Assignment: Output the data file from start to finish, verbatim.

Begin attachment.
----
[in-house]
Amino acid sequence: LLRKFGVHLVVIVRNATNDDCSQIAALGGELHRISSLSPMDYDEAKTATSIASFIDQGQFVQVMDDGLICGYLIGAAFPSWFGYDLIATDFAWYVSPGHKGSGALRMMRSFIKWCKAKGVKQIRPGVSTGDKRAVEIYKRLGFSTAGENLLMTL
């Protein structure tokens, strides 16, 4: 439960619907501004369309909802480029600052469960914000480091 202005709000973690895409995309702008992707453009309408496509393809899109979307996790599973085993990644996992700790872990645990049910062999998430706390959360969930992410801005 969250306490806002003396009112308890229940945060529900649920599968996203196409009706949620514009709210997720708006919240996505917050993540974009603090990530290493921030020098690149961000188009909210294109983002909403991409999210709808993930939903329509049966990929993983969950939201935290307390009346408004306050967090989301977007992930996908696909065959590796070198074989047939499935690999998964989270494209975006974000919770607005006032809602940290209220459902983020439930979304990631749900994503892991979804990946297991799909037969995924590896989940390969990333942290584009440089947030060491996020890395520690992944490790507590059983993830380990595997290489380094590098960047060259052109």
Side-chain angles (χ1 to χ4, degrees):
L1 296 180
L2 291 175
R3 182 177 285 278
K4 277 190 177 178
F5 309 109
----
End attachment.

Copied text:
[in-house]
Amino acid sequence: LLRKFGVHLVVIVRNATNDDCSQIAALGGELHRISSLSPMDYDEAKTATSIASFIDQGQFVQVMDDGLICGYLIGAAFPSWFGYDLIATDFAWYVSPGHKGSGALRMMRSFIKWCKAKGVKQIRPGVSTGDKRAVEIYKRLGFSTAGENLLMTL
């Protein structure tokens, strides 16, 4: 439960619907501004369309909802480029600052469960914000480091 202005709000973690895409995309702008992707453009309408496509393809899109979307996790599973085993990644996992700790872990645990049910062999998430706390959360969930992410801005 969250306490806002003396009112308890229940945060529900649920599968996203196409009706949620514009709210997720708006919240996505917050993540974009603090990530290493921030020098690149961000188009909210294109983002909403991409999210709808993930939903329509049966990929993983969950939201935290307390009346408004306050967090989301977007992930996908696909065959590796070198074989047939499935690999998964989270494209975006974000919770607005006032809602940290209220459902983020439930979304990631749900994503892991979804990946297991799909037969995924590896989940390969990333942290584009440089947030060491996020890395520690992944490790507590059983993830380990595997290489380094590098960047060259052109």
Side-chain angles (χ1 to χ4, degrees):
L1 296 180
L2 291 175
R3 182 177 285 278
K4 277 190 177 178
F5 309 109